Barry Newman's Blog

May 23, 2010

Christ Centred Communion – Further Thoughts (part III)

Filed under: Christ Centred Communion — barrynewman @ 12:51 am

References in the first few centuries to a Christian rite associated with the elements of a meal and references to meals that Christians shared with each other (continued)

Justin of Caesarea (ca 155 A.D.)- The Eucharist

Justin wrote, “There is then brought to the president of the brethren bread and cup of wine mixed with water; and he taking them, offers praise and glory to the Father of the universe … and gives thanks at considerable length for our being counted worthy to receive these things at his hands.”[1]  “This food is called among us “Eucharist” … For not as common bread and common drink do we receive these; but in like manner as Jesus Christ our Saviour, having been made flesh by the word of God, had both flesh and blood for our salvation, so likewise have we been taught that the food which is blessed by the word of prayer transmitted from Him, and by which our body and our flesh by assimilation are nourished, is the flesh and blood of that Jesus who was made flesh.  For the apostles … have thus delivered unto us what was enjoined upon them: that Jesus took bread, and when He had given thanks, said, This do [poieite]in remembrance of me, this is my body[2]; and that after the same manner, having taken the cup and given thanks, He said, This is my blood; and gave it to them alone.”[3]  The first reference highlights the importance of the giving of thanks while the second seems to have an understanding that the bread and wine become in some sense, the actual body and blood of Jesus.  There is also an emphasis on the nourishment obtained by the assimilation of this bread and wine rather than the necessity of sinners to appeal to the death of Jesus for their salvation.  In his appeal to the apostles Justin sees the “doing in remembrance” as a command. The absence of any explicit reference to the death of Jesus apart from what the “flesh and blood” of Jesus might imply is notable, though in another work he refers explicitly to the suffering of Jesus in connection with references to the Eucharist[4]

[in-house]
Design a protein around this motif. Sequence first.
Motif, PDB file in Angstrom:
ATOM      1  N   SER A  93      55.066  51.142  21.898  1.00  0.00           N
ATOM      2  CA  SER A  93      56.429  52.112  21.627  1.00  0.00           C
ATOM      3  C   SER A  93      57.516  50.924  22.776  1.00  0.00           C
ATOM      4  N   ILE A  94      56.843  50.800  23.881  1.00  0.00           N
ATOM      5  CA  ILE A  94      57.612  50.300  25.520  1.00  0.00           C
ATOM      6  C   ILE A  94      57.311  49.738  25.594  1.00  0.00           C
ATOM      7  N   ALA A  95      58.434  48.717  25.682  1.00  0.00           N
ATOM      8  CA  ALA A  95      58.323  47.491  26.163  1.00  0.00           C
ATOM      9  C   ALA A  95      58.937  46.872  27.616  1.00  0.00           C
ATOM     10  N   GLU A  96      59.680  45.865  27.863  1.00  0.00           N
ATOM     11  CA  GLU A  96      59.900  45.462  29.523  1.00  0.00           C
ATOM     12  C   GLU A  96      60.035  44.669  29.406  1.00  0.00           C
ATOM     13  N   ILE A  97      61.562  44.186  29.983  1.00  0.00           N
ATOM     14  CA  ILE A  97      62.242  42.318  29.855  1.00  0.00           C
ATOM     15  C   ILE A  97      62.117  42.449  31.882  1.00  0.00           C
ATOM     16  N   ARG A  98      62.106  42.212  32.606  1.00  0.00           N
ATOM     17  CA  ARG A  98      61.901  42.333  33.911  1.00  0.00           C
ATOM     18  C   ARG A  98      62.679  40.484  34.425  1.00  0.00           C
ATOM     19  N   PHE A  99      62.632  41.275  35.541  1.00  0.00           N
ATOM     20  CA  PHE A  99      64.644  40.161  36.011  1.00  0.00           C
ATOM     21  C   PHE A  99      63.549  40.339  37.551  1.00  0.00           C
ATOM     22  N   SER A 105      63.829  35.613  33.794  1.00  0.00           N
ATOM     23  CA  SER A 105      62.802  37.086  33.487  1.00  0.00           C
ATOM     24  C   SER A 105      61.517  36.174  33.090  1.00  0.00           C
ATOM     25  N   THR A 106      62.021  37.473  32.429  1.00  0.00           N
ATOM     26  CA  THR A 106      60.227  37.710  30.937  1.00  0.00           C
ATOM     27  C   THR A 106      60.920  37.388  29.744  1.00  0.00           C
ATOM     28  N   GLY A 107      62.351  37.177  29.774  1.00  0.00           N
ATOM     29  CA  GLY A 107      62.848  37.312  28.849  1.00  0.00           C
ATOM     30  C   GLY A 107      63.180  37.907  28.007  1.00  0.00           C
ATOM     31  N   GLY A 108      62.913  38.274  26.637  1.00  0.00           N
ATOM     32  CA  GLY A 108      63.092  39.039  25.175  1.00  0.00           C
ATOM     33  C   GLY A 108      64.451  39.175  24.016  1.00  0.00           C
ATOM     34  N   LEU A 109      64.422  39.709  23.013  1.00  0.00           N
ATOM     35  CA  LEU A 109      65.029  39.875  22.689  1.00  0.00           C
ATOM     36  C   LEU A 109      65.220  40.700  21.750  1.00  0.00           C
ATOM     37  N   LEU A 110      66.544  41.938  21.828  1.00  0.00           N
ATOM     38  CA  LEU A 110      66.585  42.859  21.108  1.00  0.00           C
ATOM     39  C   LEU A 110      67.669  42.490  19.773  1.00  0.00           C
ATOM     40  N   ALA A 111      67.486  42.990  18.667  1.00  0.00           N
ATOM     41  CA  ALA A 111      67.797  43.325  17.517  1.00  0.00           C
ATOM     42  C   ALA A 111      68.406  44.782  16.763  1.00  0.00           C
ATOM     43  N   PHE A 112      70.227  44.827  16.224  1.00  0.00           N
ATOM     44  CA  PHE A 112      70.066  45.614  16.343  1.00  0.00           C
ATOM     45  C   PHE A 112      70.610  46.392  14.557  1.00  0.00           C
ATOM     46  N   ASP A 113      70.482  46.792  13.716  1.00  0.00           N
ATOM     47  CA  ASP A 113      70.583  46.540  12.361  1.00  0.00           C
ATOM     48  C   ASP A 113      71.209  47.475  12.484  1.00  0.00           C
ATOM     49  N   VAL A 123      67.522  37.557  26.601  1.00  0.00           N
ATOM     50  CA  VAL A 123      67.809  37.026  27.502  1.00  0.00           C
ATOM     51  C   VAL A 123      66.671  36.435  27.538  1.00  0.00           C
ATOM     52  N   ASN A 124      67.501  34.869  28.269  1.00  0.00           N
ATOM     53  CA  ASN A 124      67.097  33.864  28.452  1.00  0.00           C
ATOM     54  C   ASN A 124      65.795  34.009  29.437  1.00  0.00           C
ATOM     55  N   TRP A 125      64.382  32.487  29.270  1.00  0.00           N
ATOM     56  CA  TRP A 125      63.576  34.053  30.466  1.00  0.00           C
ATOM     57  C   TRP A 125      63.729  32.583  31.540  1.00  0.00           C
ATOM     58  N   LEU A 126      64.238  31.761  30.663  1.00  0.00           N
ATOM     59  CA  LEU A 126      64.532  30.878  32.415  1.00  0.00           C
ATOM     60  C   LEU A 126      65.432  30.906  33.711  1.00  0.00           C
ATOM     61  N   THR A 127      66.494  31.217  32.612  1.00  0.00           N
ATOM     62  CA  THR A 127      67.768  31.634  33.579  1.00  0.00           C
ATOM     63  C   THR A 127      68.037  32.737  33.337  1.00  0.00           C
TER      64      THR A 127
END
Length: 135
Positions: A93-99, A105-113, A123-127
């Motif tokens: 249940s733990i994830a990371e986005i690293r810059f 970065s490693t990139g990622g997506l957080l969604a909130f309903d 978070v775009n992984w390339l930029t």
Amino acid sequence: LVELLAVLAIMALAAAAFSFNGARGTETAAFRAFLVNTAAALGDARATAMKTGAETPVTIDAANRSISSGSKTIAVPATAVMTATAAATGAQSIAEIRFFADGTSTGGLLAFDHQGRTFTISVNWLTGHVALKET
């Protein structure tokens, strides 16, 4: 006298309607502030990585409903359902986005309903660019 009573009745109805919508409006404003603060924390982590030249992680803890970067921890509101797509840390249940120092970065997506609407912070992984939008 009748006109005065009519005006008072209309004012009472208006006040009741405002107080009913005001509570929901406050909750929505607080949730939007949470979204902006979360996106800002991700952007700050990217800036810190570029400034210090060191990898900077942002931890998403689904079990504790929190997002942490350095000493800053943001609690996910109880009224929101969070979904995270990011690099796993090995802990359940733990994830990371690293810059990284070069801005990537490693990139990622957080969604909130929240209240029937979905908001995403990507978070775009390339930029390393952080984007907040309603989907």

Further references could be made to Irenaeus of Lyons (ca 180 A.D.), The Didache (1st, 2nd or 3rd century A.D.), Tertullian of Carthage (ca 200 A.D.), Clement of Alexandria (ca 200 A.D.), again Hippolytus of Rome (215 A.D.), Origen of Alexandria (1st half of 3rd century A.D.), Cyprian of Carthage (ca 250 A.D.) Minucius Felix (160-300 A.D.?), Augustine of Hippo (392-398 A.D.), various councils beginning with the Council of Gangra (between 325 and 381 A.D.) and so on. 

[1] Justin, Apology I, 65 in A New Eusebius, op. cit., p. 66

[2] Justin of Caesarea is the first writer outside of the New Testament of which we have record to quote the remembrance words of Jesus, though his quote is not an exact quote. It is not until later in the 4th century that we have records of Eusebius of Caesarea, Epiphanius of Salamis, Gregory of Nazianzus, Basil of Caesarea and John Chrysostom again quoting the words of remembrance.

[3] Justin Apology, I, 66 in A New Eusebius, op.cit., p. 67

[4] See Justin’s Dialogue with Trypho, 41, 70 and probably 117 in Falls, T.B., Writings of Saint Justin Martyr, Catholic University of America Press, Washington, D.C., 1948, pp. 209, 210, 261, 262, 328, 329


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